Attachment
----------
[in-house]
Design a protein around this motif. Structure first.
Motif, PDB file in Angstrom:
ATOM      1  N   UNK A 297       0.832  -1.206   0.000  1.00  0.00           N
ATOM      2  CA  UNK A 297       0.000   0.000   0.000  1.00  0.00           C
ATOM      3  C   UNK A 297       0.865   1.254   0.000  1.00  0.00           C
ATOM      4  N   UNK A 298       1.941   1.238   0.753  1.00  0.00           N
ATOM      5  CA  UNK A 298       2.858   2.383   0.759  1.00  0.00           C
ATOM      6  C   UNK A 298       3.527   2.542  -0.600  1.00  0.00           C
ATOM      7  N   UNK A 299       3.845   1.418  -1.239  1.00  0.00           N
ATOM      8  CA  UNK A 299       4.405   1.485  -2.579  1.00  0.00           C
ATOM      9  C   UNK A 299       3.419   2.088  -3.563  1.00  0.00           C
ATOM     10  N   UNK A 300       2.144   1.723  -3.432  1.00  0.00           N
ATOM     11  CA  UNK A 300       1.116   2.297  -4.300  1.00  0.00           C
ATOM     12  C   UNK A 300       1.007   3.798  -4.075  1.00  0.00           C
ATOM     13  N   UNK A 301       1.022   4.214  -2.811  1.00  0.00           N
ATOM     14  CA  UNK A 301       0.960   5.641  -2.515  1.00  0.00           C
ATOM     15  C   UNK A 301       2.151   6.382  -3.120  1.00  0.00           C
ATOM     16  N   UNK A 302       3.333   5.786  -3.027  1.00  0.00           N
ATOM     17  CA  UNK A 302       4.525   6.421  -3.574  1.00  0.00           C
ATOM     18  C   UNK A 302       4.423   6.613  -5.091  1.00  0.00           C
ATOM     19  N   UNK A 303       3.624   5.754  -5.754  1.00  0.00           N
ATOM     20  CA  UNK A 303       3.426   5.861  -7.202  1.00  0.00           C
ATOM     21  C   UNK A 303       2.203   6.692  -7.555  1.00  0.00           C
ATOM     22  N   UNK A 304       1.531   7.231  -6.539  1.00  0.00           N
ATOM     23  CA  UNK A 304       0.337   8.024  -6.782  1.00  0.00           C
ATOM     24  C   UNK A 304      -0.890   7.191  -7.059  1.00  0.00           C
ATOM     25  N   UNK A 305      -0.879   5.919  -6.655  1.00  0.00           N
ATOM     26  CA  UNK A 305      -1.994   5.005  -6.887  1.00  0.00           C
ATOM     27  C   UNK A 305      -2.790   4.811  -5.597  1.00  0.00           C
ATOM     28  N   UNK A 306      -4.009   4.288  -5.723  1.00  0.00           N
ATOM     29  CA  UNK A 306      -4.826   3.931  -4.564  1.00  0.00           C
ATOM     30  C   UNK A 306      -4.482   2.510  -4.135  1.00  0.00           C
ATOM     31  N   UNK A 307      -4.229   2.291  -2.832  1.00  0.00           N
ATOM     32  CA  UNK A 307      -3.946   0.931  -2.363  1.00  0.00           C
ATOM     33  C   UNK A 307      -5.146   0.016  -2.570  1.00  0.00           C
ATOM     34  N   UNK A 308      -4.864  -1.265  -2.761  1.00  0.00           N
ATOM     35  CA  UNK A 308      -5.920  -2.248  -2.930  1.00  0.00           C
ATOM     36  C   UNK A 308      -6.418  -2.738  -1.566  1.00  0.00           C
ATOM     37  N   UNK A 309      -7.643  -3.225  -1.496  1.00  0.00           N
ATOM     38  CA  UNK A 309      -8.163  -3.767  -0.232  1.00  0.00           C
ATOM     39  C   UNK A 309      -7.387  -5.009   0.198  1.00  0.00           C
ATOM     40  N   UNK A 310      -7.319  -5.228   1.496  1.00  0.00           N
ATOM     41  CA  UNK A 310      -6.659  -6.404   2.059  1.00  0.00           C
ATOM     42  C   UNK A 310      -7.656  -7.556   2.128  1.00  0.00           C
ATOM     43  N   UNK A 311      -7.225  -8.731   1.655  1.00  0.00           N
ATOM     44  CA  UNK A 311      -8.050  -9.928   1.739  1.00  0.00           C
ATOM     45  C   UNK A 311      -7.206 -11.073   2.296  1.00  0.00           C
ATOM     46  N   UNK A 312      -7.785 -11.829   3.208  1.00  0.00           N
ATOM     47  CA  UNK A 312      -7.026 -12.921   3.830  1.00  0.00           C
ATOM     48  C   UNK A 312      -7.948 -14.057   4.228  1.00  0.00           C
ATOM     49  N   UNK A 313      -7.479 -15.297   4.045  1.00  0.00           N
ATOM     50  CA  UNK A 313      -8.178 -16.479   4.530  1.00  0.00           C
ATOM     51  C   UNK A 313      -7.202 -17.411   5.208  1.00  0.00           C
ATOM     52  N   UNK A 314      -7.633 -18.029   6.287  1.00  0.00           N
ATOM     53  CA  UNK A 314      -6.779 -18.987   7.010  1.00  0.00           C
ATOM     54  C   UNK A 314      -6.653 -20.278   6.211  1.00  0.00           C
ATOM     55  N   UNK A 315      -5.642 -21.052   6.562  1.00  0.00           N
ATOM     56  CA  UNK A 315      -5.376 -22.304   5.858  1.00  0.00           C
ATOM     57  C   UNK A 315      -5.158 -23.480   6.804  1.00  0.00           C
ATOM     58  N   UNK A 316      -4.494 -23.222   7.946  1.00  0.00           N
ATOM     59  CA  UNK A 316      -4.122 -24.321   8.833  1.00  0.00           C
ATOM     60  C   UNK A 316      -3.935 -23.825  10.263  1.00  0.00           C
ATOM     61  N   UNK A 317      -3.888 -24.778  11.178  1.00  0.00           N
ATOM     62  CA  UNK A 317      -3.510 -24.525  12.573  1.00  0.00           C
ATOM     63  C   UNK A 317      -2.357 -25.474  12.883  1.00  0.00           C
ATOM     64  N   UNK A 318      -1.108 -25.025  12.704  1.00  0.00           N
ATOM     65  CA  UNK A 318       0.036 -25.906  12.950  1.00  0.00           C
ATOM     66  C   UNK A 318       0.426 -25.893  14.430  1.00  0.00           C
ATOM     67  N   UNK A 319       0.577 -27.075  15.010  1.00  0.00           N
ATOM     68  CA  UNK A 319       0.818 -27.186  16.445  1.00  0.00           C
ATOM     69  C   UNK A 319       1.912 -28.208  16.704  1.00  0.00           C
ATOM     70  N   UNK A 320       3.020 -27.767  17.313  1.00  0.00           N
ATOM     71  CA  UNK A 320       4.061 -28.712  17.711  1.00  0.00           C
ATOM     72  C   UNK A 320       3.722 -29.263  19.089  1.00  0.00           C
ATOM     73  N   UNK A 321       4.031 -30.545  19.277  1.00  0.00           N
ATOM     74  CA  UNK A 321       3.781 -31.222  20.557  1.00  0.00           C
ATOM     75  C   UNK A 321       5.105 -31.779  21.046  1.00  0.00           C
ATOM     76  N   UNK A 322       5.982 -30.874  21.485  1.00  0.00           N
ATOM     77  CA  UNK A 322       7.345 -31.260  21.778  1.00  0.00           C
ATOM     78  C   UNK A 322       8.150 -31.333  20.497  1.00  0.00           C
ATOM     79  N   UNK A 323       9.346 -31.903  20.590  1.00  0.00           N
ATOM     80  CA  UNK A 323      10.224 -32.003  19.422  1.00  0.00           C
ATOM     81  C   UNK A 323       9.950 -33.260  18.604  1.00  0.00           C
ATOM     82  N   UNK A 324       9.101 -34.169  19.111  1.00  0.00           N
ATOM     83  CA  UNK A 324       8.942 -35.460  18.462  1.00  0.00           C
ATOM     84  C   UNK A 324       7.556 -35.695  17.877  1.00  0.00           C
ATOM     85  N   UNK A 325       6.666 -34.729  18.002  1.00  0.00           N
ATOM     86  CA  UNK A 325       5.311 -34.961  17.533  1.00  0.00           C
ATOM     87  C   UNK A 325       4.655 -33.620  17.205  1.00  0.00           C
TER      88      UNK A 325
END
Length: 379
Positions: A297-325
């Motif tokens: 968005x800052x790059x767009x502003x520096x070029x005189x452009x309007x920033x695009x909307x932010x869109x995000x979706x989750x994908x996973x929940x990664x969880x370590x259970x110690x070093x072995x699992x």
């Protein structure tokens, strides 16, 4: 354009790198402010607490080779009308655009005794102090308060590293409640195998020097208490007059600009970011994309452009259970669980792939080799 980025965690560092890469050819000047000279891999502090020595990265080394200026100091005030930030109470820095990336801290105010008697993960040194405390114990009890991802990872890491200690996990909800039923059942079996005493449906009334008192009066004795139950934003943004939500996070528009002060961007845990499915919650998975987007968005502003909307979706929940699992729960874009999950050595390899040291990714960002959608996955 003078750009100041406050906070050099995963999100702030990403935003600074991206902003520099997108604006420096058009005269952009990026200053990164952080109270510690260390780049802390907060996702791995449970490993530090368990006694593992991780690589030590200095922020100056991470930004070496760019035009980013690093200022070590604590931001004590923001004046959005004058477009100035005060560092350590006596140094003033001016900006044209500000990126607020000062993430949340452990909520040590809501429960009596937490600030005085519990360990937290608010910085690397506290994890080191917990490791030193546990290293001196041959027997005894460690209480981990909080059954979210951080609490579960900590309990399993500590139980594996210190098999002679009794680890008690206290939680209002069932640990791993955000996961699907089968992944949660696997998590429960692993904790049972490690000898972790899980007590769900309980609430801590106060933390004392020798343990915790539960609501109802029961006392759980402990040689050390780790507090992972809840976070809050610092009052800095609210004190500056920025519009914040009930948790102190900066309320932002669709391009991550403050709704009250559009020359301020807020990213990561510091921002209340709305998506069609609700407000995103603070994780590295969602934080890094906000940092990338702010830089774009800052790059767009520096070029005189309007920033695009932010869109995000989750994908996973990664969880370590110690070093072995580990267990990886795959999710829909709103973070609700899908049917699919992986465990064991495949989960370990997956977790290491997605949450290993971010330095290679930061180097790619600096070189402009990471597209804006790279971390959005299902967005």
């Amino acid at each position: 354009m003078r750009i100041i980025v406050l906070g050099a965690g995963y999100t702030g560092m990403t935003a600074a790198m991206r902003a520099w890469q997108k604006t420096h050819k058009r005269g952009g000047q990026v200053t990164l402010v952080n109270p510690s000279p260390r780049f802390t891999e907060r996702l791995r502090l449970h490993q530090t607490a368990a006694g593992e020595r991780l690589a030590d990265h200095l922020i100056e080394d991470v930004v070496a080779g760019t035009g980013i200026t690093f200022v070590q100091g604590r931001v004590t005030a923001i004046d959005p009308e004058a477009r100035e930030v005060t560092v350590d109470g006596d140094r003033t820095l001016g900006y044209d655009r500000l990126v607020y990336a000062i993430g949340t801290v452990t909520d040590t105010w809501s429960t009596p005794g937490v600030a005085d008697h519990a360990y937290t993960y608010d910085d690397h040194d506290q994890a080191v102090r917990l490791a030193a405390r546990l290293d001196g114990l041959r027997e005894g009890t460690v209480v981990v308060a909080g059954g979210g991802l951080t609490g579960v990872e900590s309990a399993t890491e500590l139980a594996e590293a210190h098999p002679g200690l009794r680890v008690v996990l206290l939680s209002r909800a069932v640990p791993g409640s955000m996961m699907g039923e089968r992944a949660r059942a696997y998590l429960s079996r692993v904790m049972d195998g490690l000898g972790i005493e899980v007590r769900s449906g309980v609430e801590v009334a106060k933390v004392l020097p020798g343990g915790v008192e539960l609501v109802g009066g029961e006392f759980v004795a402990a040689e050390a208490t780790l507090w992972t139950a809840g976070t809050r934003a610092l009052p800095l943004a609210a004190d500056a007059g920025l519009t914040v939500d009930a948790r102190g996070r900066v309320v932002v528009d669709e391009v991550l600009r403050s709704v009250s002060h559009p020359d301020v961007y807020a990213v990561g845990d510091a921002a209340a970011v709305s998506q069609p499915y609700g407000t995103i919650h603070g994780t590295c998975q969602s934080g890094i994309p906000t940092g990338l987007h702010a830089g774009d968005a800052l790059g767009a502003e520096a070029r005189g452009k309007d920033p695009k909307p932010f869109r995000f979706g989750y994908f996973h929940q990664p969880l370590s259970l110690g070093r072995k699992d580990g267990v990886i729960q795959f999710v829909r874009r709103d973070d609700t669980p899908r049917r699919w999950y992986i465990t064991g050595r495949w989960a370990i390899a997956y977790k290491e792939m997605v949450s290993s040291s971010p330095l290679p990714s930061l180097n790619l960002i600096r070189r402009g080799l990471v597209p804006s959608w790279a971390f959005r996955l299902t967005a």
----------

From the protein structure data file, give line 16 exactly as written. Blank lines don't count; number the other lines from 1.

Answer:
ATOM     13  N   UNK A 301       1.022   4.214  -2.811  1.00  0.00           N